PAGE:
Fasenra (Benralizumab) is a maintenance treatment given to people with eosinophilic asthma. It is not a rescue medication; instead, it is an add-on treatment, and is used alongside other asthma treatments to control symptoms 1.
How Fasenra Works
Fasenra works by targeting and removing the cells that play a key role in asthma 2. Eosinophilic asthma is characterised by large numbers of eosinophils, white blood cells that cause inflammation and can trigger asthmatic symptoms.
The active ingredient in Fasenra (Benralizumab) attaches to receptors on the surface of eosinophils and triggers the body’s immune system to attack them. This reduces the number of eosinophils in the bloodstream, reducing inflammation and improving symptoms as a result.
When used in combination with other asthma treatments, Fasenra has been clinically proven to improve lung function, prevent asthma attacks and reduce or even stop oral steroid use in asthma patients 3.
Fasenra Clinical Trials & Drug Effectiveness
Fasenra has performed well in clinical trials studies.
Two similarly-designed trials 4 (CALIMO and SIROCCA) compared the effects of Benralizumab with a placebo in eosinophilic asthma patients and found that lung function and symptoms were both improved by treatment with Benralizumab.
A third clinical trial (ZONDA) demonstrated that treatment with Benralizumab reduced asthma patient’s reliance on oral steroids, and reduced the mean steroid dose by more than 50% compared with the placebo.
How Fasenra Is Administered & Dose Information
Fasenra is intended for add-on maintenance treatment of patients with severe eosinophilic asthma over the age of 12 years 5. The drug is administered via subcutaneous injection, and the recommended dose is 30mg every 4 weeks for the first three doses, followed by 30mg every 8 weeks thereafter.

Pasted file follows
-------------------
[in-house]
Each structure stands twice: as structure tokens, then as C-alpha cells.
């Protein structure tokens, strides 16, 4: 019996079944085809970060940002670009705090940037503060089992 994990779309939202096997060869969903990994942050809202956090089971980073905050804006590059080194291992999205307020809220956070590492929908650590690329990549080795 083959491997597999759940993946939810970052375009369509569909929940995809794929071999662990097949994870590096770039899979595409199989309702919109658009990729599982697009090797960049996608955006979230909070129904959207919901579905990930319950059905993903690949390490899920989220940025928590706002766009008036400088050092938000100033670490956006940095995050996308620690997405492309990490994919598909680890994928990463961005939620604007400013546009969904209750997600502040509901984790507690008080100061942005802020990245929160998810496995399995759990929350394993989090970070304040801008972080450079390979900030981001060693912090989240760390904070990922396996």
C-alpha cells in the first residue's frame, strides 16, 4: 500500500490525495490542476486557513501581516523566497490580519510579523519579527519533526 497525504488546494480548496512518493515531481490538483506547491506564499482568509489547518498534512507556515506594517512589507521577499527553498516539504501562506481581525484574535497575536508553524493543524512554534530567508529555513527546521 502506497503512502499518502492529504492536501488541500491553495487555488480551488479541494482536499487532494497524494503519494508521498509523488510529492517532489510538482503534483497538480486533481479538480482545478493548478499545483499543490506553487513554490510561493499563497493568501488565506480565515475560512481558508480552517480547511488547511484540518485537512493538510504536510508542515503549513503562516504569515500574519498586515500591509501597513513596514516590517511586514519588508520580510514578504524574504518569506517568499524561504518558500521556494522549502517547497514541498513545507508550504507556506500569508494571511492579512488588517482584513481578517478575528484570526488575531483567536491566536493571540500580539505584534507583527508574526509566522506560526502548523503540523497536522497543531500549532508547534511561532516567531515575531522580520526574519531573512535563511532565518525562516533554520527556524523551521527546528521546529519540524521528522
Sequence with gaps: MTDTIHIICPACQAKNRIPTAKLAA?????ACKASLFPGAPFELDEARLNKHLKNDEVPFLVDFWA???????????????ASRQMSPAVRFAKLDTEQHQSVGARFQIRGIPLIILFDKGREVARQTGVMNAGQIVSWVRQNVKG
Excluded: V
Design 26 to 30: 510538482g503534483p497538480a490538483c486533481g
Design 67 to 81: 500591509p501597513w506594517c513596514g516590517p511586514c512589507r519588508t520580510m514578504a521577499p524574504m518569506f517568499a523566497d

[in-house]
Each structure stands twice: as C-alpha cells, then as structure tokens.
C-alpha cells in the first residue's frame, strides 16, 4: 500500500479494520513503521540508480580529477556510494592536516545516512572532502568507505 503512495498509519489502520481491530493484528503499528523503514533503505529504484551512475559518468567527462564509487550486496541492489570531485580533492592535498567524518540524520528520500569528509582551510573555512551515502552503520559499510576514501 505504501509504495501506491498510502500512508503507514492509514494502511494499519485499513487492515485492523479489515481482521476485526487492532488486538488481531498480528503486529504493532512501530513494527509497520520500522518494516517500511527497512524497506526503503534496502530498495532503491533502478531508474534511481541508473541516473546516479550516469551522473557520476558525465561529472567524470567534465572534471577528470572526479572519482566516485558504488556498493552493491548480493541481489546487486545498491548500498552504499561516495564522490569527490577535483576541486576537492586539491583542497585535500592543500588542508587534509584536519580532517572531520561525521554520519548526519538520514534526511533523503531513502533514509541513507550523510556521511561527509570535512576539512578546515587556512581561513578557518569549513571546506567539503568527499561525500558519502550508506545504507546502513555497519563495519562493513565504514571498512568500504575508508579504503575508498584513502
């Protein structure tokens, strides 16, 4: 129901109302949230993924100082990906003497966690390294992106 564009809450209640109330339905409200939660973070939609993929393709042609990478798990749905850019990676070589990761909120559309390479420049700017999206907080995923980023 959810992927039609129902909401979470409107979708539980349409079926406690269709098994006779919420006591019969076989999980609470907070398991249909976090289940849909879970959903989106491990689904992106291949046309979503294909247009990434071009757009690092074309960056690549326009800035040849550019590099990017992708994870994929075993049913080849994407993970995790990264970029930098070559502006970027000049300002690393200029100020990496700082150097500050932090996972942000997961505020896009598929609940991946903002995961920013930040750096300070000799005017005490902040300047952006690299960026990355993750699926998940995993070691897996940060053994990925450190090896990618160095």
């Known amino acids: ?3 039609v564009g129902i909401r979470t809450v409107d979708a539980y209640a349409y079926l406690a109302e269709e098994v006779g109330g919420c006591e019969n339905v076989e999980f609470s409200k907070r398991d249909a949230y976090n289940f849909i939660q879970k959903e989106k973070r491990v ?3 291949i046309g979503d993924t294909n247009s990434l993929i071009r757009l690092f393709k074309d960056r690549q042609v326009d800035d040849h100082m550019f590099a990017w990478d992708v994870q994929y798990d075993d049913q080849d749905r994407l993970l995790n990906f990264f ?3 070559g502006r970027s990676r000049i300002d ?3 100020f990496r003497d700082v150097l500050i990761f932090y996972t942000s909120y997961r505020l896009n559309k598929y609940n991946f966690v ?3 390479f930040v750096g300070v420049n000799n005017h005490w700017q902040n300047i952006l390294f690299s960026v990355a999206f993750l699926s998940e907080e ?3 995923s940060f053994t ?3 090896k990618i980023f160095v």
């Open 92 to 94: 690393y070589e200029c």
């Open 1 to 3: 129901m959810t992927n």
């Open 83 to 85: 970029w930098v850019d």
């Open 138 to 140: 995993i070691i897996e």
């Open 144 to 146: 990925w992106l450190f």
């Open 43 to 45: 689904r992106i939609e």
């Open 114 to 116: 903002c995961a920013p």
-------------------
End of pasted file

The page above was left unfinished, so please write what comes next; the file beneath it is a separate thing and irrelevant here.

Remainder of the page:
Fasenra may be injected by a healthcare professional, or by the patient once training has been provided.
Fasenra Side Effects & Safety
As is the case with all medications, Fasenra can cause side effects which may be mild or severe 6.
Common side effects of taking Fasenra include:
- Sore throat
- Injection site reactions (such as pain, redness, itching or a small lump)
In most cases, these side effects will subside by themselves. If your headache or sore throat doesn’t go away or becomes more severe, consult your doctor to discuss potential treatments.
You should also contact your doctor if you have a fever lasting more than 3 days or a temperature higher than 103°F (39.4 °C).
Serious side effects of taking Fasenra include:
Some people may have an allergic reaction to Fasenra, although this is rare 7. Allergic (or hypersensitivity) reactions to Fasenra may cause the following symptoms:
- Difficulty breathing
- Swelling of the face, mouth and tongue
- Low blood pressure (causing fainting, dizziness and light-headedness)
In severe cases, Fasenra can trigger anaphylaxis, for which these symptoms can be life threatening. If you experience symptoms of allergic reaction after taking Fasenra contact your doctor immediately, or call 911 for emergency assistance.
How Much Does Fasenra Cost and Is It Covered By Medicare?
Fasenra costs $4895.74 per 30ml dose 8.
If you have Original Medicare Part B insurance, you will likely be expected to pay 20% of this amount, provided you visit a facility that accepts assignment. If you have the Medicare Advantage Plan, your insurance may include additional coverage.
Contact your health insurance provider for more information.